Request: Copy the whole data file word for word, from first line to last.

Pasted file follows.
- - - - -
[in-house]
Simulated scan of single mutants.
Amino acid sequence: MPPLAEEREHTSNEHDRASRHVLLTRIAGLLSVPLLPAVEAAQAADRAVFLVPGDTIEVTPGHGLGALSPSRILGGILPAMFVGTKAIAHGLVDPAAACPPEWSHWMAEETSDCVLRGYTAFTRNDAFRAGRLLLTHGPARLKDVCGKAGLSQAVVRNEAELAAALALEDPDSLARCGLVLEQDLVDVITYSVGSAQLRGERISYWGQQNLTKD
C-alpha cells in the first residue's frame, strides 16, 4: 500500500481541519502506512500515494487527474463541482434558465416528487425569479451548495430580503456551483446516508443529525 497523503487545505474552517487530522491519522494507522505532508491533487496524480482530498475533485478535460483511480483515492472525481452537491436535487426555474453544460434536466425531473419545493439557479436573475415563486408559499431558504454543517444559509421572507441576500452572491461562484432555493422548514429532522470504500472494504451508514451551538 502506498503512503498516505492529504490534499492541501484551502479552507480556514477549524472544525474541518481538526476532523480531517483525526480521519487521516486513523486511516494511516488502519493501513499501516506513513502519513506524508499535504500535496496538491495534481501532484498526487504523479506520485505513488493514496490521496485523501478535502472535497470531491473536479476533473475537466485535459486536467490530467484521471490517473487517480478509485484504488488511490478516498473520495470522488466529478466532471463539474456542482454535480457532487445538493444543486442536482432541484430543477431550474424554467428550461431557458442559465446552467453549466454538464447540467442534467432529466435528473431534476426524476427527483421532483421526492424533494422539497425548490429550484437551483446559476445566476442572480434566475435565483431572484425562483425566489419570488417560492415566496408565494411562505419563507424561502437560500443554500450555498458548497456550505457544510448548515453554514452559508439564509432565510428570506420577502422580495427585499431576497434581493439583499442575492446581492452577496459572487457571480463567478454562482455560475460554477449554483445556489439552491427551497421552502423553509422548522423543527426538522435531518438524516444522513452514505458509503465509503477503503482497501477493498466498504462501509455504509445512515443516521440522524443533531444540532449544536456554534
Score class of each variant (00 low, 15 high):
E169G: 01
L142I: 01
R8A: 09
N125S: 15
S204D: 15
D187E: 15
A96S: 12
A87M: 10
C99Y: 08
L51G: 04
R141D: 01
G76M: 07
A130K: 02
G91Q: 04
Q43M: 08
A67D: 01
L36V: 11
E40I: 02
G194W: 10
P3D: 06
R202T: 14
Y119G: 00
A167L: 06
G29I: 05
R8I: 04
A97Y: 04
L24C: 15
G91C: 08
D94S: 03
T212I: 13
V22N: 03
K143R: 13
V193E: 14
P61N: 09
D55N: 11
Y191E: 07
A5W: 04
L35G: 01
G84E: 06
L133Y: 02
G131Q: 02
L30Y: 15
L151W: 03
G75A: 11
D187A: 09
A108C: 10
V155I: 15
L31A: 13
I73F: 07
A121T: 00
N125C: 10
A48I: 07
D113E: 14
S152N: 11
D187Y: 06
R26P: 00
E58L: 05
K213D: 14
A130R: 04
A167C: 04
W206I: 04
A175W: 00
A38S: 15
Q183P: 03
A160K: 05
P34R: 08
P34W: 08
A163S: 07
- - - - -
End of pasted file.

[in-house]
Simulated scan of single mutants.
Amino acid sequence: MPPLAEEREHTSNEHDRASRHVLLTRIAGLLSVPLLPAVEAAQAADRAVFLVPGDTIEVTPGHGLGALSPSRILGGILPAMFVGTKAIAHGLVDPAAACPPEWSHWMAEETSDCVLRGYTAFTRNDAFRAGRLLLTHGPARLKDVCGKAGLSQAVVRNEAELAAALALEDPDSLARCGLVLEQDLVDVITYSVGSAQLRGERISYWGQQNLTKD
C-alpha cells in the first residue's frame, strides 16, 4: 500500500481541519502506512500515494487527474463541482434558465416528487425569479451548495430580503456551483446516508443529525 497523503487545505474552517487530522491519522494507522505532508491533487496524480482530498475533485478535460483511480483515492472525481452537491436535487426555474453544460434536466425531473419545493439557479436573475415563486408559499431558504454543517444559509421572507441576500452572491461562484432555493422548514429532522470504500472494504451508514451551538 502506498503512503498516505492529504490534499492541501484551502479552507480556514477549524472544525474541518481538526476532523480531517483525526480521519487521516486513523486511516494511516488502519493501513499501516506513513502519513506524508499535504500535496496538491495534481501532484498526487504523479506520485505513488493514496490521496485523501478535502472535497470531491473536479476533473475537466485535459486536467490530467484521471490517473487517480478509485484504488488511490478516498473520495470522488466529478466532471463539474456542482454535480457532487445538493444543486442536482432541484430543477431550474424554467428550461431557458442559465446552467453549466454538464447540467442534467432529466435528473431534476426524476427527483421532483421526492424533494422539497425548490429550484437551483446559476445566476442572480434566475435565483431572484425562483425566489419570488417560492415566496408565494411562505419563507424561502437560500443554500450555498458548497456550505457544510448548515453554514452559508439564509432565510428570506420577502422580495427585499431576497434581493439583499442575492446581492452577496459572487457571480463567478454562482455560475460554477449554483445556489439552491427551497421552502423553509422548522423543527426538522435531518438524516444522513452514505458509503465509503477503503482497501477493498466498504462501509455504509445512515443516521440522524443533531444540532449544536456554534
Score class of each variant (00 low, 15 high):
E169G: 01
L142I: 01
R8A: 09
N125S: 15
S204D: 15
D187E: 15
A96S: 12
A87M: 10
C99Y: 08
L51G: 04
R141D: 01
G76M: 07
A130K: 02
G91Q: 04
Q43M: 08
A67D: 01
L36V: 11
E40I: 02
G194W: 10
P3D: 06
R202T: 14
Y119G: 00
A167L: 06
G29I: 05
R8I: 04
A97Y: 04
L24C: 15
G91C: 08
D94S: 03
T212I: 13
V22N: 03
K143R: 13
V193E: 14
P61N: 09
D55N: 11
Y191E: 07
A5W: 04
L35G: 01
G84E: 06
L133Y: 02
G131Q: 02
L30Y: 15
L151W: 03
G75A: 11
D187A: 09
A108C: 10
V155I: 15
L31A: 13
I73F: 07
A121T: 00
N125C: 10
A48I: 07
D113E: 14
S152N: 11
D187Y: 06
R26P: 00
E58L: 05
K213D: 14
A130R: 04
A167C: 04
W206I: 04
A175W: 00
A38S: 15
Q183P: 03
A160K: 05
P34R: 08
P34W: 08
A163S: 07